Sorry Brits, Don't Count on That Ibiza Getaway Just Yet
(Bloomberg Opinion) -- You might want to put the sangria on hold. Just as the U.K. government dangles the possibility of Brits traveling to more Mediterranean hotspots, European countries could begin imposing more restrictions on visitors.
This week has seen a slew of positive news for English holidaymakers. The U.K. added Malta and Spain’s Balearic Islands to the so-called “green list” of countries that residents can travel to without having to quarantine upon their return.
The potential game changer for summer holidays came from Prime Minister Boris Johnson, who signaled that fully vaccinated people will gain extra freedoms. With some 60% of U.K. adults having had their second shot, this could unleash significant demand for travel. That’s badly needed by the likes of TUI AG, the world’s biggest tour operator, as well as budget airlines EasyJet Plc and Ryanair Holdings Plc.
But I wouldn’t count on that beach holiday just yet.
Although the additions to the green list are certainly helpful, major holiday destinations such as mainland Spain, Greece, France and Italy remain on the medium-risk “amber list” of countries that come with more restrictions. And even the newly green locations of Ibiza, Mallorca and Menorca are currently on a “watch list.” The potential for their risk status to be elevated at any time may make consumers nervous about booking holidays, though the U.K. arm of TUI has still seen bookings to the Balearics rise.
There are also many unresolved questions around the plan for the fully vaccinated. It’s not clear what exactly their extra freedoms will be, and when they’ll come into force. Later in the summer has been mooted. But restrictions would need to be lifted before July and August — the peak travel season — to make a big difference to tour companies and airlines.
If double-jabbed people can travel to amber countries without an at least five-day quarantine, as is expected, they would still likely need to take a Covid-19 test before departure and at home. So the higher cost of going on holiday won’t be coming down. With TUI offering reduced-price tests, and many consumers flush with cash savings, that may be manageable for most. But the extra expense will inevitably force some families to skip the vacation this year.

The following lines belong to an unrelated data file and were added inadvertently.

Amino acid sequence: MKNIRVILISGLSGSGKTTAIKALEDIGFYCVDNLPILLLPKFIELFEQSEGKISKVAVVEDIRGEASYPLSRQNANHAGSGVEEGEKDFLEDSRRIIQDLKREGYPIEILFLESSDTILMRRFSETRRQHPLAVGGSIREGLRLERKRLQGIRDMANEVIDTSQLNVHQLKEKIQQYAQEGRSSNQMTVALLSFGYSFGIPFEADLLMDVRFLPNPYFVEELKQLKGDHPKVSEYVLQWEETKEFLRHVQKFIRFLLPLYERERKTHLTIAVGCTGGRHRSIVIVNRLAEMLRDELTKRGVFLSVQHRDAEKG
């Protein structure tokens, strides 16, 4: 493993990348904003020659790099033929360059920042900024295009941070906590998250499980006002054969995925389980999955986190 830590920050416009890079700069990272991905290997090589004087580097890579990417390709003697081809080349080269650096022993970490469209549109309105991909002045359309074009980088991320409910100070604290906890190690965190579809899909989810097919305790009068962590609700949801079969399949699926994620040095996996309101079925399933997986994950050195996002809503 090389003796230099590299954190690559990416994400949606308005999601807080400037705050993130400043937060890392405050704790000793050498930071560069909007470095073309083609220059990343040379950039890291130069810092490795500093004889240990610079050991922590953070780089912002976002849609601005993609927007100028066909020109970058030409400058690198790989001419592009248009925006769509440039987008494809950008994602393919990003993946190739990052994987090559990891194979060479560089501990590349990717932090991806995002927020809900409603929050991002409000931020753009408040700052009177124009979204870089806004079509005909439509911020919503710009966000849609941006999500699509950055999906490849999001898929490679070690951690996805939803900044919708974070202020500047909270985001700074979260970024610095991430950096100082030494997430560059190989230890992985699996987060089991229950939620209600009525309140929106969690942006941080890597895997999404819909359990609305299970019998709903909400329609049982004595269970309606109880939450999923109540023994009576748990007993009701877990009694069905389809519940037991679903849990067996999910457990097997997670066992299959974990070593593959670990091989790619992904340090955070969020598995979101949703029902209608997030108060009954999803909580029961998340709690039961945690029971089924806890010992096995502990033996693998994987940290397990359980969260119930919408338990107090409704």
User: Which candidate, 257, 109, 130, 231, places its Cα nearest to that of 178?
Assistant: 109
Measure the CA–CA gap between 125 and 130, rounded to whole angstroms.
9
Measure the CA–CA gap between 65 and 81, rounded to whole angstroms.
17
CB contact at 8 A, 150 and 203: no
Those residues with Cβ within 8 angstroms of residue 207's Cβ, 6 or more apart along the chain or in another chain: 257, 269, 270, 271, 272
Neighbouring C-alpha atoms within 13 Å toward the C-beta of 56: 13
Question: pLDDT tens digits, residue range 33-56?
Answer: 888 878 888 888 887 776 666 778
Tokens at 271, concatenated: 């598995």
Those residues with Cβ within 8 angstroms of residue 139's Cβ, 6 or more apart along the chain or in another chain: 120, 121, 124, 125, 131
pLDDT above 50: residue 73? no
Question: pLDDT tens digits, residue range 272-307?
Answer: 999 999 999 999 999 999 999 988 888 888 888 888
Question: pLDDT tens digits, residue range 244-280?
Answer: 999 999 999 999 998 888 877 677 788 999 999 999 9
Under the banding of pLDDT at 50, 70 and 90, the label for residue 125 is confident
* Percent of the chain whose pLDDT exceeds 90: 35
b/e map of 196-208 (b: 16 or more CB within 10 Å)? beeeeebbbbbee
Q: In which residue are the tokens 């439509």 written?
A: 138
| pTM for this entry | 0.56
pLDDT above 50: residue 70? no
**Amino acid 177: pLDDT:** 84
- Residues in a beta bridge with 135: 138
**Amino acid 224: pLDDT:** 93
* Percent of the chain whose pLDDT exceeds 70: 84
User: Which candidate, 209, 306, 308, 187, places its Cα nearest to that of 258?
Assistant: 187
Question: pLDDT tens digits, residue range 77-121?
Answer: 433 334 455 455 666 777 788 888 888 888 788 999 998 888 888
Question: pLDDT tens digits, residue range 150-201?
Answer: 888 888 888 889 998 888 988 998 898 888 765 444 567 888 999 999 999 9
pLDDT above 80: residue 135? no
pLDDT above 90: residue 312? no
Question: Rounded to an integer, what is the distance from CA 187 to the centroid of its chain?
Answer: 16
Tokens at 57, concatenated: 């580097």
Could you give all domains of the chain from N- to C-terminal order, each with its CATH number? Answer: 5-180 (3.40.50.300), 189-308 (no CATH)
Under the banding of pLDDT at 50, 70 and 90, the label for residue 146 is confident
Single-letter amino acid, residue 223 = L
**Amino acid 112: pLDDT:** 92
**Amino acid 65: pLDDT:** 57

Another question is how unvaccinated children would fit into the new framework. Clarity on this is needed — and soon — as the next few months are the peak time for family vacations.
Perhaps the biggest setback to travel is other countries trying to keep Brits out.
German Chancellor Angela Merkel has suggested the whole European Union should coordinate its travel rules and be more cautious about allowing in visitors from countries outside the bloc with high rates of the Delta variant of the virus. That would include the U.K. So far, Germany, Italy and Poland have already imposed quarantine rules on people arriving from the country. France and Portugal said they may tighten restrictions on British arrivals as well.
Meanwhile, tourist-dependent nations such as Greece and Spain have been keen to open up, and may resist efforts to impose fresh curbs on sun seekers from Britain. Spain indicated on Friday that it would not impose quarantines on arriving British tourists, but it may require proof of vaccination or a negative test.
Hopefully it won’t take too much longer for travel rules across the continent to get straightened out. But the clock is ticking, and the summer isn’t looking so sunny anymore.
This column does not necessarily reflect the opinion of the editorial board or Bloomberg LP and its owners.
Andrea Felsted is a Bloomberg Opinion columnist covering the consumer and retail industries. She previously worked at the Financial Times.
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